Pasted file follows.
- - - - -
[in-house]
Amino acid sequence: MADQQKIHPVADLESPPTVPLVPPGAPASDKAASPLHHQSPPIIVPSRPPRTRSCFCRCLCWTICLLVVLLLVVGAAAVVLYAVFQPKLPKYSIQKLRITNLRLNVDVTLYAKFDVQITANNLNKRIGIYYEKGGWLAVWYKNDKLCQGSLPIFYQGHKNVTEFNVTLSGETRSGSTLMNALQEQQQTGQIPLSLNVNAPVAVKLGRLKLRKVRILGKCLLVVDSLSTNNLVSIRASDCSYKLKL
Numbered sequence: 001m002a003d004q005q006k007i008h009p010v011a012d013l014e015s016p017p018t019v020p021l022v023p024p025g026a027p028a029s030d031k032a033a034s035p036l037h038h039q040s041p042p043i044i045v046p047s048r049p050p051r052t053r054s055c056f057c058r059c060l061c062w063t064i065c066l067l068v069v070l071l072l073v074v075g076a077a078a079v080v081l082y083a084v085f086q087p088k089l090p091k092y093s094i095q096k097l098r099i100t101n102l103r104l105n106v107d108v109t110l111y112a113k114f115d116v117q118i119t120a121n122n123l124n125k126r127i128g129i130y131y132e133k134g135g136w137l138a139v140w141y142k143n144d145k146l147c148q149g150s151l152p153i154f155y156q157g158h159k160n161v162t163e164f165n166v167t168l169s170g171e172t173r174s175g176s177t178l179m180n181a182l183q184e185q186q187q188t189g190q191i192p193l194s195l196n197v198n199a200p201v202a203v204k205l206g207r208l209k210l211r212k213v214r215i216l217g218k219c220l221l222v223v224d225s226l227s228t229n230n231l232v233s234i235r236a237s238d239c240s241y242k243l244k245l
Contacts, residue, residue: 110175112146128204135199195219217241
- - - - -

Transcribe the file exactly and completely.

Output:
[in-house]
Amino acid sequence: MADQQKIHPVADLESPPTVPLVPPGAPASDKAASPLHHQSPPIIVPSRPPRTRSCFCRCLCWTICLLVVLLLVVGAAAVVLYAVFQPKLPKYSIQKLRITNLRLNVDVTLYAKFDVQITANNLNKRIGIYYEKGGWLAVWYKNDKLCQGSLPIFYQGHKNVTEFNVTLSGETRSGSTLMNALQEQQQTGQIPLSLNVNAPVAVKLGRLKLRKVRILGKCLLVVDSLSTNNLVSIRASDCSYKLKL
Numbered sequence: 001m002a003d004q005q006k007i008h009p010v011a012d013l014e015s016p017p018t019v020p021l022v023p024p025g026a027p028a029s030d031k032a033a034s035p036l037h038h039q040s041p042p043i044i045v046p047s048r049p050p051r052t053r054s055c056f057c058r059c060l061c062w063t064i065c066l067l068v069v070l071l072l073v074v075g076a077a078a079v080v081l082y083a084v085f086q087p088k089l090p091k092y093s094i095q096k097l098r099i100t101n102l103r104l105n106v107d108v109t110l111y112a113k114f115d116v117q118i119t120a121n122n123l124n125k126r127i128g129i130y131y132e133k134g135g136w137l138a139v140w141y142k143n144d145k146l147c148q149g150s151l152p153i154f155y156q157g158h159k160n161v162t163e164f165n166v167t168l169s170g171e172t173r174s175g176s177t178l179m180n181a182l183q184e185q186q187q188t189g190q191i192p193l194s195l196n197v198n199a200p201v202a203v204k205l206g207r208l209k210l211r212k213v214r215i216l217g218k219c220l221l222v223v224d225s226l227s228t229n230n231l232v233s234i235r236a237s238d239c240s241y242k243l244k245l
Contacts, residue, residue: 110175112146128204135199195219217241